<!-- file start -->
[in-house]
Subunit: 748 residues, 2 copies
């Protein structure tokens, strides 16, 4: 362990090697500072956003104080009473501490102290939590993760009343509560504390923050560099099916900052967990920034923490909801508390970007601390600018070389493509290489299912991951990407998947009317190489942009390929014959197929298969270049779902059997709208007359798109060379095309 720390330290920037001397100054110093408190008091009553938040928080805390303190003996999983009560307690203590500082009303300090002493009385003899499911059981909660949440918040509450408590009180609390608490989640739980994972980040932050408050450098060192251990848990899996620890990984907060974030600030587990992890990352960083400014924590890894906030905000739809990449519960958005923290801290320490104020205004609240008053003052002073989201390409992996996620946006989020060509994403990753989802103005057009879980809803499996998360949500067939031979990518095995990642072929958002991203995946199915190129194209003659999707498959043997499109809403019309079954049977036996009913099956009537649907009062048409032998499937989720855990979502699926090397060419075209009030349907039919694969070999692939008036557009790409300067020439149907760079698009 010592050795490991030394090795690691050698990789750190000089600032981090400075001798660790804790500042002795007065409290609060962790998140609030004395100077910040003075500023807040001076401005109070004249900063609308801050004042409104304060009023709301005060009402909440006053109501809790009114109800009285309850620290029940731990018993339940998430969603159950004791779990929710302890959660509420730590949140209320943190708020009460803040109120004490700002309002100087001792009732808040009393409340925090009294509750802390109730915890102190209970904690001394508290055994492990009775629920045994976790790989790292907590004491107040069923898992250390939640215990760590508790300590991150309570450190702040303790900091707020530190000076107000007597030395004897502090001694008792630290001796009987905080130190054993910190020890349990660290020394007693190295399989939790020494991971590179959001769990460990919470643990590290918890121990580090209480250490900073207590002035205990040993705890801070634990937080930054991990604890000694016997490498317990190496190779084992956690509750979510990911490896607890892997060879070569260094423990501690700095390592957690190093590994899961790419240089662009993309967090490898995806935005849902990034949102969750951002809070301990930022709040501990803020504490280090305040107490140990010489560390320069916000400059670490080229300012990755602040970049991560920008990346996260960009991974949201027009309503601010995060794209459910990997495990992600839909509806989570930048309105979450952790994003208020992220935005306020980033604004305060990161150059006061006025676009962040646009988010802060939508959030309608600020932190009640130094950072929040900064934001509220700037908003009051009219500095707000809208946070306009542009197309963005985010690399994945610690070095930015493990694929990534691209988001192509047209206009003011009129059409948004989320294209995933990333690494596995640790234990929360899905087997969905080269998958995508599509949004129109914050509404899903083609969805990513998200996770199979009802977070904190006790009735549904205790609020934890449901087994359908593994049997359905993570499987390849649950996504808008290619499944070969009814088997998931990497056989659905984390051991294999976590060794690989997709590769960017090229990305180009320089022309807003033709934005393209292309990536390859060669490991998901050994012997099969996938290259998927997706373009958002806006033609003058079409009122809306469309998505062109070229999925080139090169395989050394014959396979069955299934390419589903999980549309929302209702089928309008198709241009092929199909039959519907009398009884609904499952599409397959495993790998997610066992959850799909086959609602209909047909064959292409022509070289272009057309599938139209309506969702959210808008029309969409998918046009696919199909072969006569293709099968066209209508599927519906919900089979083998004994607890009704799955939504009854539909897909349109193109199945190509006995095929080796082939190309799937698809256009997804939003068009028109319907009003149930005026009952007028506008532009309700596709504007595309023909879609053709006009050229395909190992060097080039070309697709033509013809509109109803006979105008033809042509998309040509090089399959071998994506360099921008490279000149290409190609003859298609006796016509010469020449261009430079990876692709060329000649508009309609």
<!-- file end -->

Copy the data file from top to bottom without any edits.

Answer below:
[in-house]
Subunit: 748 residues, 2 copies
């Protein structure tokens, strides 16, 4: 362990090697500072956003104080009473501490102290939590993760009343509560504390923050560099099916900052967990920034923490909801508390970007601390600018070389493509290489299912991951990407998947009317190489942009390929014959197929298969270049779902059997709208007359798109060379095309 720390330290920037001397100054110093408190008091009553938040928080805390303190003996999983009560307690203590500082009303300090002493009385003899499911059981909660949440918040509450408590009180609390608490989640739980994972980040932050408050450098060192251990848990899996620890990984907060974030600030587990992890990352960083400014924590890894906030905000739809990449519960958005923290801290320490104020205004609240008053003052002073989201390409992996996620946006989020060509994403990753989802103005057009879980809803499996998360949500067939031979990518095995990642072929958002991203995946199915190129194209003659999707498959043997499109809403019309079954049977036996009913099956009537649907009062048409032998499937989720855990979502699926090397060419075209009030349907039919694969070999692939008036557009790409300067020439149907760079698009 010592050795490991030394090795690691050698990789750190000089600032981090400075001798660790804790500042002795007065409290609060962790998140609030004395100077910040003075500023807040001076401005109070004249900063609308801050004042409104304060009023709301005060009402909440006053109501809790009114109800009285309850620290029940731990018993339940998430969603159950004791779990929710302890959660509420730590949140209320943190708020009460803040109120004490700002309002100087001792009732808040009393409340925090009294509750802390109730915890102190209970904690001394508290055994492990009775629920045994976790790989790292907590004491107040069923898992250390939640215990760590508790300590991150309570450190702040303790900091707020530190000076107000007597030395004897502090001694008792630290001796009987905080130190054993910190020890349990660290020394007693190295399989939790020494991971590179959001769990460990919470643990590290918890121990580090209480250490900073207590002035205990040993705890801070634990937080930054991990604890000694016997490498317990190496190779084992956690509750979510990911490896607890892997060879070569260094423990501690700095390592957690190093590994899961790419240089662009993309967090490898995806935005849902990034949102969750951002809070301990930022709040501990803020504490280090305040107490140990010489560390320069916000400059670490080229300012990755602040970049991560920008990346996260960009991974949201027009309503601010995060794209459910990997495990992600839909509806989570930048309105979450952790994003208020992220935005306020980033604004305060990161150059006061006025676009962040646009988010802060939508959030309608600020932190009640130094950072929040900064934001509220700037908003009051009219500095707000809208946070306009542009197309963005985010690399994945610690070095930015493990694929990534691209988001192509047209206009003011009129059409948004989320294209995933990333690494596995640790234990929360899905087997969905080269998958995508599509949004129109914050509404899903083609969805990513998200996770199979009802977070904190006790009735549904205790609020934890449901087994359908593994049997359905993570499987390849649950996504808008290619499944070969009814088997998931990497056989659905984390051991294999976590060794690989997709590769960017090229990305180009320089022309807003033709934005393209292309990536390859060669490991998901050994012997099969996938290259998927997706373009958002806006033609003058079409009122809306469309998505062109070229999925080139090169395989050394014959396979069955299934390419589903999980549309929302209702089928309008198709241009092929199909039959519907009398009884609904499952599409397959495993790998997610066992959850799909086959609602209909047909064959292409022509070289272009057309599938139209309506969702959210808008029309969409998918046009696919199909072969006569293709099968066209209508599927519906919900089979083998004994607890009704799955939504009854539909897909349109193109199945190509006995095929080796082939190309799937698809256009997804939003068009028109319907009003149930005026009952007028506008532009309700596709504007595309023909879609053709006009050229395909190992060097080039070309697709033509013809509109109803006979105008033809042509998309040509090089399959071998994506360099921008490279000149290409190609003859298609006796016509010469020449261009430079990876692709060329000649508009309609």